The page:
Sewage is pouring into a burn in Perth, sparking fears of more flooding in the city.
The tank, which stores sewage next to the Craigie Burn, is used to store excess water in periods of heavy rainfall.
On Wednesday sewage began leaking into the burn, following a weather warning for rain.
The overflow comes less than a week after a meeting was held to to discuss the flooding problem in the area.
People living nearby said they fear this is the start of yet another flood, as well as raising concerns about the hygiene risks of sewage in the burn.
Resident Dan McAlpine said: “I’m really really angry about it all.
“Twice in the last four months we’ve been flooded up to our knees, with the water just missing our house.”
A weather warning for rain was in place on Wednesday and statistics from the Scottish Environment and Protection Agency (SEPA) showed 13.6mm fell in Perth on the same day, but Dan says this should not overwhelm the system.
He added: “There was a meeting in Church Hall last week where we were told it only happens in extreme circumstances, we’ve not had extreme weather today.”
“They [Perth and Kinross Council] keep telling us there’s a flood survey going on in the area and we have to wait for the findings.”
Dan says he as taken on the role of “local burn watcher”, as elderly residents of the area grow increasingly anxious about the flood risk.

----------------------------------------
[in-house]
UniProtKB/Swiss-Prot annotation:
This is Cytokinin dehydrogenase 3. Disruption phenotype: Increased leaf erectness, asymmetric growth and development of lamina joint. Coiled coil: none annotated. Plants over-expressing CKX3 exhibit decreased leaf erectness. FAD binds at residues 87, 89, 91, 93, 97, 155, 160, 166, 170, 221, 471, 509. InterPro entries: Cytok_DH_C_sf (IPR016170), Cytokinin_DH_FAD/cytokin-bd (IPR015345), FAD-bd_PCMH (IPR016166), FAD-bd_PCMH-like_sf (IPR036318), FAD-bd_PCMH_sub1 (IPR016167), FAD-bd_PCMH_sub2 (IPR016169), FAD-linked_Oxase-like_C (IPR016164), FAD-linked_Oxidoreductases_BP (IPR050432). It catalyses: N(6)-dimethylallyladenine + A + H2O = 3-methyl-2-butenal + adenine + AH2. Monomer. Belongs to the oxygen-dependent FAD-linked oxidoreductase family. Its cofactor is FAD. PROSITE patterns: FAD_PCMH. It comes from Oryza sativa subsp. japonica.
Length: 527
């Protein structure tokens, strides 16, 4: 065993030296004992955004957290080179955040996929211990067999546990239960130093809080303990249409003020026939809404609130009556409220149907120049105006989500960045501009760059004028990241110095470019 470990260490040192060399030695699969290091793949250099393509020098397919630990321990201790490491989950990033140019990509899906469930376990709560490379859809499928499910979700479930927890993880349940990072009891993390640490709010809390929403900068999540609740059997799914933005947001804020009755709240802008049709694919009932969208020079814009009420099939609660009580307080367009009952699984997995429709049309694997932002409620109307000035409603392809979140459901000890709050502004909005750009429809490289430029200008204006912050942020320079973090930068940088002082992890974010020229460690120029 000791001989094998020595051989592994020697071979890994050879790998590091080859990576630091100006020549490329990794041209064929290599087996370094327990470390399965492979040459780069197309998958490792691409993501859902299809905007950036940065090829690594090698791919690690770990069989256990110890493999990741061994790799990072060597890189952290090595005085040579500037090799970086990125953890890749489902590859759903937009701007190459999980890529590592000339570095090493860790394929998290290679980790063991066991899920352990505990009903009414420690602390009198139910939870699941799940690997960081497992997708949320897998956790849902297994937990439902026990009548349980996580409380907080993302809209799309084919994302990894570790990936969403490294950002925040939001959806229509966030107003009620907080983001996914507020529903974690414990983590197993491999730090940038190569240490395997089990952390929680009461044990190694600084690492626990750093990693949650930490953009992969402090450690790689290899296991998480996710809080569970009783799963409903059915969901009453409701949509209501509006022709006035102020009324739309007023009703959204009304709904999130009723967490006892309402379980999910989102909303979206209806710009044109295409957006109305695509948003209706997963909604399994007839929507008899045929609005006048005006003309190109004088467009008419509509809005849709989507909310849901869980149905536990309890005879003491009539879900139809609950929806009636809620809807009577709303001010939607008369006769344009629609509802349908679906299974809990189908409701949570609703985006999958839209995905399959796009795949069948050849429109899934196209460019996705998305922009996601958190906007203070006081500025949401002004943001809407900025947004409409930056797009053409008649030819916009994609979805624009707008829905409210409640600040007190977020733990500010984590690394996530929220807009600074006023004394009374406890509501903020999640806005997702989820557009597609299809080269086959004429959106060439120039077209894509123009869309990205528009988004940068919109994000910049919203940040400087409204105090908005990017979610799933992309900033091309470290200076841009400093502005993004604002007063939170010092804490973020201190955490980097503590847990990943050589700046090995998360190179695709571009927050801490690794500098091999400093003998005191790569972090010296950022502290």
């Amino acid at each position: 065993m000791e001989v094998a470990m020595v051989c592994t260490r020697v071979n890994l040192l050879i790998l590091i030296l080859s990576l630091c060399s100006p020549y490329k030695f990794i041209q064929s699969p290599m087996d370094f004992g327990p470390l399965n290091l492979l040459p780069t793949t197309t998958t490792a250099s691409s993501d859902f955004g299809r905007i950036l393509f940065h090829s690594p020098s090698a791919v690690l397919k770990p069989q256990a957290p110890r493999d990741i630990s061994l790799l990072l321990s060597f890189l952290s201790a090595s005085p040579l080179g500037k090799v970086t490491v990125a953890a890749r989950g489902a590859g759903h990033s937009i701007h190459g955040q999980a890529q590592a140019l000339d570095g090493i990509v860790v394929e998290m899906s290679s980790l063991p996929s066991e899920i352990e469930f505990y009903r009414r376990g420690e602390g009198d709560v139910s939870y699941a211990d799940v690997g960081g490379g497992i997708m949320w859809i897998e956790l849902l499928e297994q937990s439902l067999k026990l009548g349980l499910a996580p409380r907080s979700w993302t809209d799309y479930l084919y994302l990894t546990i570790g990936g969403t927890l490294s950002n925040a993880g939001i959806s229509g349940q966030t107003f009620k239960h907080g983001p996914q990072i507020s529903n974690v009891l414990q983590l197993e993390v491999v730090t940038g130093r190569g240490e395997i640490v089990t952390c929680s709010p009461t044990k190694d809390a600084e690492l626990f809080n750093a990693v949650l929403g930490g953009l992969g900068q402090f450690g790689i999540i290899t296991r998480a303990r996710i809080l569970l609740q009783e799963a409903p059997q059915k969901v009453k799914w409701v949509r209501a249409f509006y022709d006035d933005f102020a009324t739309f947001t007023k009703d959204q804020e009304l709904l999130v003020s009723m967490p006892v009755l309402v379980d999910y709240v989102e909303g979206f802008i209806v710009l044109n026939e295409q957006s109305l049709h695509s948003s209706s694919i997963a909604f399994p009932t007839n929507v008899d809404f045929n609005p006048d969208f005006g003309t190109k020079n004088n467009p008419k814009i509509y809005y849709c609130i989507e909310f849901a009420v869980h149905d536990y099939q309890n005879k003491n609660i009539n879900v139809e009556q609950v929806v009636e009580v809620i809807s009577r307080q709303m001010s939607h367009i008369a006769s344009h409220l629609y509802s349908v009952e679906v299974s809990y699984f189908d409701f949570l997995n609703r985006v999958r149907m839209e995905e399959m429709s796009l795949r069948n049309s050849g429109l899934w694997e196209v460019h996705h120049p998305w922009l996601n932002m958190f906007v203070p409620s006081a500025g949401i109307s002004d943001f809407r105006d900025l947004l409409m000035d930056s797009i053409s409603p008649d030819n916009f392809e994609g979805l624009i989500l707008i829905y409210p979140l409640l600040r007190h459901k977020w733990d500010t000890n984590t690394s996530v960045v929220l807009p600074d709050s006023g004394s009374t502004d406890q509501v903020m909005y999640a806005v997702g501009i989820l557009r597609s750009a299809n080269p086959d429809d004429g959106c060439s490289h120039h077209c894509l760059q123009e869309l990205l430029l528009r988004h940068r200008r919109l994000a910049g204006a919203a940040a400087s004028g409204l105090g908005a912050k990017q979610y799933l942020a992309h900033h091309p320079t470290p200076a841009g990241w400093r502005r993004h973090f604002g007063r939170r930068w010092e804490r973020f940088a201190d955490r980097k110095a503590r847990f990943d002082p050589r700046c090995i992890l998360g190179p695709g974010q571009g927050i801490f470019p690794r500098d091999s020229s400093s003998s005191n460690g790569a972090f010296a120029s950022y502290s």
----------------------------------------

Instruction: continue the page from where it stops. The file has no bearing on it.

He also expressed concern about children playing in the park, where the sewage has been leaking.
He said: “It’s definitely a risk to children, kids play football here and the sewage won’t just clean up.
“It’s a health and hygiene problem”
Flooding a persistent problem in Perth
Heavy flooding in September left residents worried someone could die after the Craigie area was submerged underwater.
The incident led to 40 homes in the area with internal damage due to the flooding, with more experiencing external problems.
A spokesperson for Perth and Kinross Council said: “We published the Tay Local Flood Risk Management Plan in 2016, and are due to publish the next iteration of this plan in December.
“This document sets out the various responsibilities of public bodies, businesses and residents.
“Among the various actions in this plan, the council is progressing the Craigie Burn Flood Study and is developing a surface water management plan for Perth.
“Consulting engineers, Amey, have been engaged to carry out this work which will continue into next year.
“These projects are an essential first step in identifying any suitable measures that can help to manage and, where achievable, reduce flood risk in the long-term.
“However, even after the completion of these projects, any identified measures will be subject to further design, statutory approval, funding, and procurement before construction.
“This is a long-term process that typically takes a number of years to complete.”
Scottish Water has also been approached for comment.